Thanks Thanks:  0
Likes Likes:  55
Page 3 of 4 FirstFirst 1234 LastLast
Results 21 to 30 of 31
  1. #21

    Default

    Quote Originally Posted by Grassy_Knollington View Post
    Walleye

    Iím not saying everything would turn out well, I donít know what would happen. Maybe we would see a new dawn of cooperation and bumper returns. Maybe we would see no change and all the fishes would go extinct.

    Iím just suggesting that a different approach might produce better results than our current way of doing businesses- which has largely failed to deliver for all the 35 years or so Iíve been fishing. Do the same thing, get the same results.

    I donít suppose that netsmen are any better or worse folk than anglers. They have their motivations and we have ours. Both of us want stronger runs of fish surely? Viewing every netsmen as a rapacious villain intent on destruction is just as simplistic as viewing every Salmon fisherman as a tweed-wearing toff.

    If weíre sceptical about their commitment then my hypothetical policy would include habitat work as a legally enforceable condition of their annual licence, punitive fines for quota violation and (for the Haaf netters) Viking helmets.

    Of course that raises a bigger point in that there are pretty much no places where there are any opportunities for initiating, coordinating, measuring, overseeing habitat improvement by the average Joe Angler. Sorting that out would be a hypothetical pre-requisite if my hypothetical plan.
    I certainly haven't said netsmen are rapacious villains. They are just motivated by different things than we are.

    Serious question, when has a netsman ever voluntarily done anything to try to improve future salmon runs? I'll answer - never. Because delayed discounting or delayed gratification is incompatible with the opportunity of making as much money as you can today.

    Salmon farmers are the same. Their drive is to make as much money as they can today and will not change their behaviour unless there is strong legislation or a paradigm shift in the market to make them do so.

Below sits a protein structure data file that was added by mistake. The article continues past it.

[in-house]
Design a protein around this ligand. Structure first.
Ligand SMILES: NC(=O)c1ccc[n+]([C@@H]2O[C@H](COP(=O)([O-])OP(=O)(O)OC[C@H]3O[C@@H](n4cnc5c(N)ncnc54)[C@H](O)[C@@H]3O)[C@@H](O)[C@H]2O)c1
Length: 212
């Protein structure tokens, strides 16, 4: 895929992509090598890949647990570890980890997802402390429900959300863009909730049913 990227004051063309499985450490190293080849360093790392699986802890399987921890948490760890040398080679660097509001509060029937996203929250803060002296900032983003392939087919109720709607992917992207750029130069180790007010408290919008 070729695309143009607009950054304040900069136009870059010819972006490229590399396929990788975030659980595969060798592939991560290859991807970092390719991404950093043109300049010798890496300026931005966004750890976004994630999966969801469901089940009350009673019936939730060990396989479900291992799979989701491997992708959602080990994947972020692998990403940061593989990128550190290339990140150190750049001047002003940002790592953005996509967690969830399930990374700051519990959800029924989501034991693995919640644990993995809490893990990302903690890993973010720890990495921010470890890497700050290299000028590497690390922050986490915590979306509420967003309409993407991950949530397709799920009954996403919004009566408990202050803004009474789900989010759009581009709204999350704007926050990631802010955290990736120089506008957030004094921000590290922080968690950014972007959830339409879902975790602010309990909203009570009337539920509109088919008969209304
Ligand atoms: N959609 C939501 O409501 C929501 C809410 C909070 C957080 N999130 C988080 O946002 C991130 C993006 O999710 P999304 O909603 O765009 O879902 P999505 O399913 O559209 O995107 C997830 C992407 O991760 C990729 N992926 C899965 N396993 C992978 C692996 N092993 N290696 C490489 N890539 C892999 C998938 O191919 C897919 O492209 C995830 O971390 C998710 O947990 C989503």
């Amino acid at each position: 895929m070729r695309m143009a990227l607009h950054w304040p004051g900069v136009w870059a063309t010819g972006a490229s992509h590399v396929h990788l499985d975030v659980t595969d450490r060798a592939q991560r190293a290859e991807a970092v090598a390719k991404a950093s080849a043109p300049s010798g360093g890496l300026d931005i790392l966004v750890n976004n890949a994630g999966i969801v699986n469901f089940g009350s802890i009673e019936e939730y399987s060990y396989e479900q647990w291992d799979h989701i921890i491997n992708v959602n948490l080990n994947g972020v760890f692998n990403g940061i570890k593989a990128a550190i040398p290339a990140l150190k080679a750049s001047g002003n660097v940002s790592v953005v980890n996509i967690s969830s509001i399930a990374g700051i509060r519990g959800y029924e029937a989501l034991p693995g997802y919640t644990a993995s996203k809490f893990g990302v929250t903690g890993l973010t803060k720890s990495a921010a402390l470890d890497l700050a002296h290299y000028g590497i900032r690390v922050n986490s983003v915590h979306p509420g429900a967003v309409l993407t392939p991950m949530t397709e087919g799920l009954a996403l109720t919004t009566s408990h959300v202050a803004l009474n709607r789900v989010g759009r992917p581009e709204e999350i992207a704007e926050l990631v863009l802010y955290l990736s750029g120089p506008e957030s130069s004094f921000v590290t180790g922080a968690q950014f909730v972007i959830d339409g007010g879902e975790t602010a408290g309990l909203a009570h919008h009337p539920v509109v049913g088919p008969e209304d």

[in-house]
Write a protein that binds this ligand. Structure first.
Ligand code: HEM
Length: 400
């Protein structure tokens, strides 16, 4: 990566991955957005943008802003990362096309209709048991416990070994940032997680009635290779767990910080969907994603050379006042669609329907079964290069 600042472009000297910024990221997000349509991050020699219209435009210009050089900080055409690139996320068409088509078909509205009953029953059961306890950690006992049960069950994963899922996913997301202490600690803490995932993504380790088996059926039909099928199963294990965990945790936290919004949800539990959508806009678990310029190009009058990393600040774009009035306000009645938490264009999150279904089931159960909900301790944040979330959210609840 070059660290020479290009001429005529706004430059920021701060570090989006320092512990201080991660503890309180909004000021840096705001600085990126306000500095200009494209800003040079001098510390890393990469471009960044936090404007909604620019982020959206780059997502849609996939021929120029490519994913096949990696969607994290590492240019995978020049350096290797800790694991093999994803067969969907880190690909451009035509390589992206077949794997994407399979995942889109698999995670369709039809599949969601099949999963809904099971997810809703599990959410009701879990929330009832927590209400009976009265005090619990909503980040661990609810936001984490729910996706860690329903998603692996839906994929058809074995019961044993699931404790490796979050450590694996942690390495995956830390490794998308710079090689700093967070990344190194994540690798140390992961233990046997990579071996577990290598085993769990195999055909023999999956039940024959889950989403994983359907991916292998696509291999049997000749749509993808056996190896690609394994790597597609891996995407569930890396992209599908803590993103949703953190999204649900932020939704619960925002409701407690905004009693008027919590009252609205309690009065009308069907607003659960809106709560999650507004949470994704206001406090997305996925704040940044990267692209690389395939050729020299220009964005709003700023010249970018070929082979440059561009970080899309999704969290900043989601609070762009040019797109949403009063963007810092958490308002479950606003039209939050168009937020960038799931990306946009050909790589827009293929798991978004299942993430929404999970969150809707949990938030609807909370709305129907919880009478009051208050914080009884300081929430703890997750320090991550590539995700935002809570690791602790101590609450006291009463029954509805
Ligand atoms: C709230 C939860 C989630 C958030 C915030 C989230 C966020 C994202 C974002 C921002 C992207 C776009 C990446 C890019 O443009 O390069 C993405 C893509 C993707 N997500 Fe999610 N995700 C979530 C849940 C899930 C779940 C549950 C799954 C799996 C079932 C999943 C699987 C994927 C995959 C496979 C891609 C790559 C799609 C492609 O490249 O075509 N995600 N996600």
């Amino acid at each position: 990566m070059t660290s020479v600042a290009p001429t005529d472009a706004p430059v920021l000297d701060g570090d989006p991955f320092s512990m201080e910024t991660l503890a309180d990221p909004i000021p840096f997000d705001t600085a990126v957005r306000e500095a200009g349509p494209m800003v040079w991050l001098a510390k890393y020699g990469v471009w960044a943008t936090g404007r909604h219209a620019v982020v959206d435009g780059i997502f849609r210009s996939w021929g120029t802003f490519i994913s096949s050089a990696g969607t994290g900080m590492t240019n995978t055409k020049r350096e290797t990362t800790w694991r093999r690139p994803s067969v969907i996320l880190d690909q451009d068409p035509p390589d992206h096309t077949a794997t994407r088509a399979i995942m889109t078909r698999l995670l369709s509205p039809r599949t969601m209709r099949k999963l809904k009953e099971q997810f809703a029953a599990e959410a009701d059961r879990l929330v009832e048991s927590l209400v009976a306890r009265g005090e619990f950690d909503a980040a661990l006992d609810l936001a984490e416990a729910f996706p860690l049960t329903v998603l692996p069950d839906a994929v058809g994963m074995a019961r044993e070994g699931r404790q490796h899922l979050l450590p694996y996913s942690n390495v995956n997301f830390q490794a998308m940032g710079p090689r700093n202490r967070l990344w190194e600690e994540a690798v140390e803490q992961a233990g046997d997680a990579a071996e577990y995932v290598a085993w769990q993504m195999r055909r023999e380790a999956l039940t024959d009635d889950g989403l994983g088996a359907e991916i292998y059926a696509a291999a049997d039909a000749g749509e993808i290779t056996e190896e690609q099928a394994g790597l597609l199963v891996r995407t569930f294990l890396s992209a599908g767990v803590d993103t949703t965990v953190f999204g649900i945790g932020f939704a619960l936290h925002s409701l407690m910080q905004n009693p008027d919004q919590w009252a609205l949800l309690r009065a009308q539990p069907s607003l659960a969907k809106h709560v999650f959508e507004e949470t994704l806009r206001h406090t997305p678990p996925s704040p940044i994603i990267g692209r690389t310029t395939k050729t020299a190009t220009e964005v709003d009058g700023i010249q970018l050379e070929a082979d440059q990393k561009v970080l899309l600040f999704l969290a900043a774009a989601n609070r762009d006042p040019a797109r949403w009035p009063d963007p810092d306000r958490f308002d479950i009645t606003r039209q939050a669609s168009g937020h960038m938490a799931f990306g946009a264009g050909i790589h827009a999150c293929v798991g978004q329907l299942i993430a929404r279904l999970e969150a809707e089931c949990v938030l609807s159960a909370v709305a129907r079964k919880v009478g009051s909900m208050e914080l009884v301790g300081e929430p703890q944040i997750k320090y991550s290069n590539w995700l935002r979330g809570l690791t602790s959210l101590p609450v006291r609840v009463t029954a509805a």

Contrast that with salmon anglers, many of whom use their own time and money to work towards improving salmon runs and many of whom (mistakenly I believe) will put fish back in the hope there will be more in future.

    It's the difference between doing something because you love to do it and want to hand it down to future generations and doing something for profit.

    It's a subtle difference but an important one.

  2. #22

    Default

    Netting salmon should be history

  3. #23
    Join Date
    Apr 2009
    Location
    Upper Teesdale
    Posts
    328

    Default Haaf nets

    Just out of curiosity...can Haaf nets practise C&R ?

    If returning Salmon numbers were rudely buoyant, I would have no problem with the 'Small Scale' preservation of an historical practise.
    We too readily cast aside hard earned skills, & knowledge, honed over millennia.

    The issue here is that salmon numbers are not buoyant, but are heading ever increasingly towards a tipping point of general survival.
    All parties who are sincerely concerned with preservation, need to play their part.
    If that means a cessation of, or adaption of, their current practises, so be it.

    They also need to unite, and provide a common front, to both challenge, and where needed rebuff, those who seek to exploit salmon without recompense.
    To often have I witnessed hard work, & good intent, dissipate, & disappear, not from the challenge it faced, but by being undermined, & fragmented from within, by bickering, and false friends!